Q: My ex has been diagnosed with bipolar disorder. It makes it very difficult to co-parent. Will the courts grant me full custody when the other parent has a diagnosis like that? What’s good ex-etiquette?
A: Lots of people struggle with mental illness. If a parent is struggling and there is a question of primary custody, it’s the parent’s behavior that determines with whom the child will live, not the diagnosis.
For example, if your co-parent has cancer, the diagnosis is certainly not a reason to adjust custody.
But if the parent is so sick that they can’t take care of the child, that’s when a decision might be made to adjust the child’s time with the parent — not because the parent is sick, but because the parent is so sick, the child may not be safe.
Does that mean a sick parent might be penalized because they are sick? Time with their child reduced when time with the child is essential? This is where good co-parenting comes in. It has been my experience that judges greatly respect a parent that will step in to help a sick co-parent — fill in when their co-parent can’t pick up or drop off, or let a child visit more often during the days because it’s easier to maneuver a day visit than an overnight.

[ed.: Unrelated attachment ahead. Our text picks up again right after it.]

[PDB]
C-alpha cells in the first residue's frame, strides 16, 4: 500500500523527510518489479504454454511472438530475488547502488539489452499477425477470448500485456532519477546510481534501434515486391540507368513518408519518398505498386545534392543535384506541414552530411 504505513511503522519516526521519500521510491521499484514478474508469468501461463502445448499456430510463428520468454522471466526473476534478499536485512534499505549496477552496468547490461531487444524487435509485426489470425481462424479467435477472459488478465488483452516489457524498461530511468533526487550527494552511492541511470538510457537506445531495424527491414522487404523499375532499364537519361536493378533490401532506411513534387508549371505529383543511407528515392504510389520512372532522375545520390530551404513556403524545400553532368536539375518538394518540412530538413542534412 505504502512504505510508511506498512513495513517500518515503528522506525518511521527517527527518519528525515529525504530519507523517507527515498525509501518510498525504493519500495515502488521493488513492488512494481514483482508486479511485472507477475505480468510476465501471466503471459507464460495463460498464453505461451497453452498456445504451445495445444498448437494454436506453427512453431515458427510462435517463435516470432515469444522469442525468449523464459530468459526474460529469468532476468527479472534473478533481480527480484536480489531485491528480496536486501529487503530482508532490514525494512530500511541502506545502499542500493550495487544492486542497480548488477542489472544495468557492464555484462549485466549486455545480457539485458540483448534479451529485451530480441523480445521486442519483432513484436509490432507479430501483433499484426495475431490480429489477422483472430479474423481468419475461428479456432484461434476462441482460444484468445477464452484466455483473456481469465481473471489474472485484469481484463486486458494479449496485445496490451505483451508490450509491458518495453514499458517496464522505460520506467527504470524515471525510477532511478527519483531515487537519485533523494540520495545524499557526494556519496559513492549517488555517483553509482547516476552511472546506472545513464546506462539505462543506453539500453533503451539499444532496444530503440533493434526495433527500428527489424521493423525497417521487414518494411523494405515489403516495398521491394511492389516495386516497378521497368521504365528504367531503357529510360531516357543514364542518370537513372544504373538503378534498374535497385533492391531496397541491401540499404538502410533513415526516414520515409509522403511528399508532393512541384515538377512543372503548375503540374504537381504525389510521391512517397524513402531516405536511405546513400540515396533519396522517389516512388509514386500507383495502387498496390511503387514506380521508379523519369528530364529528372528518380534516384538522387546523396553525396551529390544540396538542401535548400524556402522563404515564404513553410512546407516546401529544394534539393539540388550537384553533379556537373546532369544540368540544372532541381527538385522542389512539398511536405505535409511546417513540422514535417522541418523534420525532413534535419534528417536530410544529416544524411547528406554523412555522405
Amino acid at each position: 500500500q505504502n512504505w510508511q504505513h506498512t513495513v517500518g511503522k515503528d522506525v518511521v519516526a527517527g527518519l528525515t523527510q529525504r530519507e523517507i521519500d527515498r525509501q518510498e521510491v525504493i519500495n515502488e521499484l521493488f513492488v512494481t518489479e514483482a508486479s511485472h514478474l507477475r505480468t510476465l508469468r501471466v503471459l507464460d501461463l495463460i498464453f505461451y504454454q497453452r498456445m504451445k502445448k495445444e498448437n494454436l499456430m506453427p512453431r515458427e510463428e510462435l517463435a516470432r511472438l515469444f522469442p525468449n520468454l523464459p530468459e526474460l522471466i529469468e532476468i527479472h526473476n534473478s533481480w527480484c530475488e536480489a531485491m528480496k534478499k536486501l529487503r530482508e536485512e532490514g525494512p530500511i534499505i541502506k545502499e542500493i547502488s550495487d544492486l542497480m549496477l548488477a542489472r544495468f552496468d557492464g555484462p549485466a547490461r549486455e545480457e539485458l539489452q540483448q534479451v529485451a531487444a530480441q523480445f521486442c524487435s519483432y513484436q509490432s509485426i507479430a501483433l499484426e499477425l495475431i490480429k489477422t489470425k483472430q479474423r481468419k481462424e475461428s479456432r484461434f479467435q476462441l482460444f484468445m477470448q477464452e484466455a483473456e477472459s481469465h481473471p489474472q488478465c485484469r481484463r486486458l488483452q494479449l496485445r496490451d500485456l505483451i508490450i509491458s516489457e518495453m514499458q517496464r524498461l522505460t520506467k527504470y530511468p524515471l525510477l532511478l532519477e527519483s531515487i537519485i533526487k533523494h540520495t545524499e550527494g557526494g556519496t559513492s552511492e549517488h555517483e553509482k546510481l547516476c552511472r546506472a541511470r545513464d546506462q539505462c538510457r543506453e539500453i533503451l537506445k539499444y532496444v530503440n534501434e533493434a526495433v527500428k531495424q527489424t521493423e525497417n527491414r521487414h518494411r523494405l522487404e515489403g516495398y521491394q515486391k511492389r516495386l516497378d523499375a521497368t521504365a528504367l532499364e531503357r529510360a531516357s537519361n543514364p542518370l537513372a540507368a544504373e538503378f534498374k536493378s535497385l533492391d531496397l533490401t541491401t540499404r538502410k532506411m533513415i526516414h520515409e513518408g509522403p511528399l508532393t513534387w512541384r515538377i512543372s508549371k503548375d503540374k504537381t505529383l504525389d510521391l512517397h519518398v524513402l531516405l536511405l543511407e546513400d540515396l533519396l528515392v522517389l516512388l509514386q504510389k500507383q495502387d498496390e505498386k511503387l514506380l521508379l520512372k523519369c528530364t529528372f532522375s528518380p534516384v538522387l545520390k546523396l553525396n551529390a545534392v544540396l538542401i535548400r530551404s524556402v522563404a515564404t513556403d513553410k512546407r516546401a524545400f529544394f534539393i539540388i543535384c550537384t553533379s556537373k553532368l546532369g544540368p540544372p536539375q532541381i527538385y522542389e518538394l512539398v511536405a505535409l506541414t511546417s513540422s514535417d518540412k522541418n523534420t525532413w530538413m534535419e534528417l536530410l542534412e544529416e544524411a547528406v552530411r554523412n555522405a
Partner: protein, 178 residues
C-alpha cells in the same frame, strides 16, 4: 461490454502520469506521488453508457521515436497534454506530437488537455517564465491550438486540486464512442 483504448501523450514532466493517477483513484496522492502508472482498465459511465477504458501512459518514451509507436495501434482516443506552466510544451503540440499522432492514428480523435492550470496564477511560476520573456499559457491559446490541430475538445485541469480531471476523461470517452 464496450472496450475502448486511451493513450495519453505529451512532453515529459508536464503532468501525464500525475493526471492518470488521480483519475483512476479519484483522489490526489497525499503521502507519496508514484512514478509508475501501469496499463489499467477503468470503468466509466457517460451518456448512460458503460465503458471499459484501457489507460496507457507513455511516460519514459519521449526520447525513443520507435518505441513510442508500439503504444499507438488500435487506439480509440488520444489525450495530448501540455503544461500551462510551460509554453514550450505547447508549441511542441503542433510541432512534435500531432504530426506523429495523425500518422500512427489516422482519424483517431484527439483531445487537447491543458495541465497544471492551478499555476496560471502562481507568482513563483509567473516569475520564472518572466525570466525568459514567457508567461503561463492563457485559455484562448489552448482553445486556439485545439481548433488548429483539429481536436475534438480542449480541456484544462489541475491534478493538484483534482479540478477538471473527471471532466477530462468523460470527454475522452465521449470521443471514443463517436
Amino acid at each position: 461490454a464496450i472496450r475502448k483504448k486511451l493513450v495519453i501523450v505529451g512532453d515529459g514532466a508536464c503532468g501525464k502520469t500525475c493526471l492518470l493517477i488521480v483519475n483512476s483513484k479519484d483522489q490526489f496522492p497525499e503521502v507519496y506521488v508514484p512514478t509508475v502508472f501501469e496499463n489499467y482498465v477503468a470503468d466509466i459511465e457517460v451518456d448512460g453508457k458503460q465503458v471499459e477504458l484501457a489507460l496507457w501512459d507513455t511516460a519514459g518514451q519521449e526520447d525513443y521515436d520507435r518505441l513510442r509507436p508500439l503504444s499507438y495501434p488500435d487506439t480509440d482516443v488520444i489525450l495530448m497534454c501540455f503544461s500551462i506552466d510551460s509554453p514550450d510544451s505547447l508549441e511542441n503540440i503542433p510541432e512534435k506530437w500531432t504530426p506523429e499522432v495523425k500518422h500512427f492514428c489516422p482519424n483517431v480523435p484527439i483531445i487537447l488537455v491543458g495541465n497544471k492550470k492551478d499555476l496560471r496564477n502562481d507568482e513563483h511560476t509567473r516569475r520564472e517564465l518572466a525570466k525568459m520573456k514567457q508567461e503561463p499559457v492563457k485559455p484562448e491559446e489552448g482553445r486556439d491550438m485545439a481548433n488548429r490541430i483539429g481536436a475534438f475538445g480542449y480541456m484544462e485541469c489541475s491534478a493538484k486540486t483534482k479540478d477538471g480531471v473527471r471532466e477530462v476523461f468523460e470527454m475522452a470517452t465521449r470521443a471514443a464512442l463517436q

As the parent improves, the co-parent is trusted to return to the original parenting plan. When things get sketchy is when a co-parent steps in to help, then refuses to return to the original plan. They use their co-parent’s illness to “get more time” instead of realizing their child loves both parents. Children are frightened when their parent is severely ill. That’s when a child especially needs to see kindness and cooperation to feel safe.
Bipolar disorder is a difficult diagnosis for all concerned, co-parents and children alike. However, it is a disorder that can be successfully managed with therapy and medication. Zeroing in on the correct meds and dosage can take a while, and like most illnesses, stress exacerbates many of the symptoms.
What can you do as a supportive co-parent if your co-parent is mentally or physically ill?
1. Be available to fill in so disruption is kept to a minimum.
2. Urge your co-parent to stay med-compliant and attend therapy sessions.
3. Don’t use your co-parent’s vulnerabilities against them. Your child loves both of you and needs both of you in their life.
4. Intercede if your child is unsafe, but monitor your co-parent’s progress and return to the past parenting plan when your co-parent is better and they can resume taking care of the children.
All in all, look for ways to help, not hinder. Do it in the best interest of your children. (Good Ex-etiquette for Parents Rule No.1.) That’s good ex-etiquette.
Dr. Jann Blackstone is the author of “Ex-etiquette for Parents: Good Behavior After Divorce or Separation,” and the founder of Bonus Families, bonusfamilies.com. This column was provided by Tribune News Service.
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